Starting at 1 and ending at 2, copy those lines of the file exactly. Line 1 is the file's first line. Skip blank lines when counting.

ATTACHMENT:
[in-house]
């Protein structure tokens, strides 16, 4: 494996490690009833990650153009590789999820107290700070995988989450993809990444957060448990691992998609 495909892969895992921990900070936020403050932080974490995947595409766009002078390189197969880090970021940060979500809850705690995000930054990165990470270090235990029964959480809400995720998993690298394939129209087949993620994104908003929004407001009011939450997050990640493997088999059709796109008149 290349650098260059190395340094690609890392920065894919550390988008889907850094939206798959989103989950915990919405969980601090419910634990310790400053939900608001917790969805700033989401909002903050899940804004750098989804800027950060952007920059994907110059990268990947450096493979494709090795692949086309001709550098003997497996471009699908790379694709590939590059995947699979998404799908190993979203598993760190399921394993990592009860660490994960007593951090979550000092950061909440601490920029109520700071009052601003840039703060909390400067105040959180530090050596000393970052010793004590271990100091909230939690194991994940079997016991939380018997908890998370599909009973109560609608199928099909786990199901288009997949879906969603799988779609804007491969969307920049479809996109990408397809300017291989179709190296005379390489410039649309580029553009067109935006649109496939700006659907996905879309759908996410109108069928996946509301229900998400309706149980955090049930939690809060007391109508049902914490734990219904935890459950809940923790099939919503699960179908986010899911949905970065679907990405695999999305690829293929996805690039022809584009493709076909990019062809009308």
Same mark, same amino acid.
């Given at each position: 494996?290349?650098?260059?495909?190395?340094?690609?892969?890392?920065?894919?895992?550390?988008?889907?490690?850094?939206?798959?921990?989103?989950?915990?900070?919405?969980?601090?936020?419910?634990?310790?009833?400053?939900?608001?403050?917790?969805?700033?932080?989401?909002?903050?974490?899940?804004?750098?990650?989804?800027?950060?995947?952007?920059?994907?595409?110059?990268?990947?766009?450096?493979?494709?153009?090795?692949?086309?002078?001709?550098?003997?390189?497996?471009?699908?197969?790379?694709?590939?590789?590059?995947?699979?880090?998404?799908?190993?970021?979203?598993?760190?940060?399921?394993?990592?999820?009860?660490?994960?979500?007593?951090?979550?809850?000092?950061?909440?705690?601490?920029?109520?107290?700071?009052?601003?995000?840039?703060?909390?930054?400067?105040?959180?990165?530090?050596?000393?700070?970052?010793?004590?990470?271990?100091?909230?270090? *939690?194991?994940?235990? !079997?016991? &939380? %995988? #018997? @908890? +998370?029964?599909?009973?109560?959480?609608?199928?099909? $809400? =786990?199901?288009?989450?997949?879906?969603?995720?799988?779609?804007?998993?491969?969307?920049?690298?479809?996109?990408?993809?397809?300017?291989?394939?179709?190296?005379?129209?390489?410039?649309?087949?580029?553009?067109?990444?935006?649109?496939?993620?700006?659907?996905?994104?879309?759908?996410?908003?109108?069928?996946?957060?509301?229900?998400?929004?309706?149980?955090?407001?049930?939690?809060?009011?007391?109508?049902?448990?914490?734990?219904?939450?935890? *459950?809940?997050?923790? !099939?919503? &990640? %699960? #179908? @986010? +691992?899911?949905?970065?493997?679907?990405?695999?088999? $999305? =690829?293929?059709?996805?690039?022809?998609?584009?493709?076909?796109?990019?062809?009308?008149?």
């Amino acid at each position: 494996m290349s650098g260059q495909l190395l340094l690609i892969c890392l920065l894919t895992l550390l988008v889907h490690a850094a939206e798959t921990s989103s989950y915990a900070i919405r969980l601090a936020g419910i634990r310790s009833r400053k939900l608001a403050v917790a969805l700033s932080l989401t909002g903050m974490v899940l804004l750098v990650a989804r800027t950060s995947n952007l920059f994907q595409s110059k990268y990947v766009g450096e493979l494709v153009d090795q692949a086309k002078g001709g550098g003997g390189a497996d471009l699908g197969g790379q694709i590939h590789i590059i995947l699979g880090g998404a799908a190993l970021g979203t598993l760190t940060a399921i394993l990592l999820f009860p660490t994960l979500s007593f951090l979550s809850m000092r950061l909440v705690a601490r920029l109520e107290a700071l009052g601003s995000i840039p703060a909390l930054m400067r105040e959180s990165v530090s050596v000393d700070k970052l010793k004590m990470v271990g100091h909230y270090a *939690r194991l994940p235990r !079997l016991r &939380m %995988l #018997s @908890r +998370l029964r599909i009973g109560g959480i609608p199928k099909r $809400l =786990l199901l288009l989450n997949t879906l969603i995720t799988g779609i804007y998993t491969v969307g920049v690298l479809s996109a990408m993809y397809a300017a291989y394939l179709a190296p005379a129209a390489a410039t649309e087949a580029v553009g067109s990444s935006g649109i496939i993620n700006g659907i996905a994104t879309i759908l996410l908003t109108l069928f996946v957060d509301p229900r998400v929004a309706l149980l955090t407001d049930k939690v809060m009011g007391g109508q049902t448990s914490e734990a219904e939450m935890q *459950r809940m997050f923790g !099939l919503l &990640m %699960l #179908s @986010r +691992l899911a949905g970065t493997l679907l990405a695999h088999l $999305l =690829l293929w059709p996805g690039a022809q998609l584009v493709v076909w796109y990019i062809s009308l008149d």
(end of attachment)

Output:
[in-house]
């Protein structure tokens, strides 16, 4: 494996490690009833990650153009590789999820107290700070995988989450993809990444957060448990691992998609 495909892969895992921990900070936020403050932080974490995947595409766009002078390189197969880090970021940060979500809850705690995000930054990165990470270090235990029964959480809400995720998993690298394939129209087949993620994104908003929004407001009011939450997050990640493997088999059709796109008149 290349650098260059190395340094690609890392920065894919550390988008889907850094939206798959989103989950915990919405969980601090419910634990310790400053939900608001917790969805700033989401909002903050899940804004750098989804800027950060952007920059994907110059990268990947450096493979494709090795692949086309001709550098003997497996471009699908790379694709590939590059995947699979998404799908190993979203598993760190399921394993990592009860660490994960007593951090979550000092950061909440601490920029109520700071009052601003840039703060909390400067105040959180530090050596000393970052010793004590271990100091909230939690194991994940079997016991939380018997908890998370599909009973109560609608199928099909786990199901288009997949879906969603799988779609804007491969969307920049479809996109990408397809300017291989179709190296005379390489410039649309580029553009067109935006649109496939700006659907996905879309759908996410109108069928996946509301229900998400309706149980955090049930939690809060007391109508049902914490734990219904935890459950809940923790099939919503699960179908986010899911949905970065679907990405695999999305690829293929996805690039022809584009493709076909990019062809009308």